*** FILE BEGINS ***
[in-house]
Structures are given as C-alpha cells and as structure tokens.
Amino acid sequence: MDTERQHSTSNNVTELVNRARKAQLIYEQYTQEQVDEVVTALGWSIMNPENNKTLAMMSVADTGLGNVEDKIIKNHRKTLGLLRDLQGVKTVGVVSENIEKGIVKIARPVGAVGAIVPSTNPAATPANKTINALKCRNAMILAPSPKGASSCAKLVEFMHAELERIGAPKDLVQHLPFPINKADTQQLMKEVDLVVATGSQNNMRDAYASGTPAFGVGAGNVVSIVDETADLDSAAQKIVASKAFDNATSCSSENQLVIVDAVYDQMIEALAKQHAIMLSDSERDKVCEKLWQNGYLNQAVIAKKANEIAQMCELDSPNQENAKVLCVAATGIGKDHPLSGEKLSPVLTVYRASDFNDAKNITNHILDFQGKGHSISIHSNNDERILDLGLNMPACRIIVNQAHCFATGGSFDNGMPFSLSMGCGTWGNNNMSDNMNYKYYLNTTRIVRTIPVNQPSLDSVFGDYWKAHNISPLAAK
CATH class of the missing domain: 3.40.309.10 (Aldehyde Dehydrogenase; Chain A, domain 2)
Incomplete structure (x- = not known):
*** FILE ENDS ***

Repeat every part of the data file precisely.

[in-house]
Structures are given as C-alpha cells and as structure tokens.
Amino acid sequence: MDTERQHSTSNNVTELVNRARKAQLIYEQYTQEQVDEVVTALGWSIMNPENNKTLAMMSVADTGLGNVEDKIIKNHRKTLGLLRDLQGVKTVGVVSENIEKGIVKIARPVGAVGAIVPSTNPAATPANKTINALKCRNAMILAPSPKGASSCAKLVEFMHAELERIGAPKDLVQHLPFPINKADTQQLMKEVDLVVATGSQNNMRDAYASGTPAFGVGAGNVVSIVDETADLDSAAQKIVASKAFDNATSCSSENQLVIVDAVYDQMIEALAKQHAIMLSDSERDKVCEKLWQNGYLNQAVIAKKANEIAQMCELDSPNQENAKVLCVAATGIGKDHPLSGEKLSPVLTVYRASDFNDAKNITNHILDFQGKGHSISIHSNNDERILDLGLNMPACRIIVNQAHCFATGGSFDNGMPFSLSMGCGTWGNNNMSDNMNYKYYLNTTRIVRTIPVNQPSLDSVFGDYWKAHNISPLAAK
CATH class of the missing domain: 3.40.309.10 (Aldehyde Dehydrogenase; Chain A, domain 2)
Incomplete structure (x- = not known):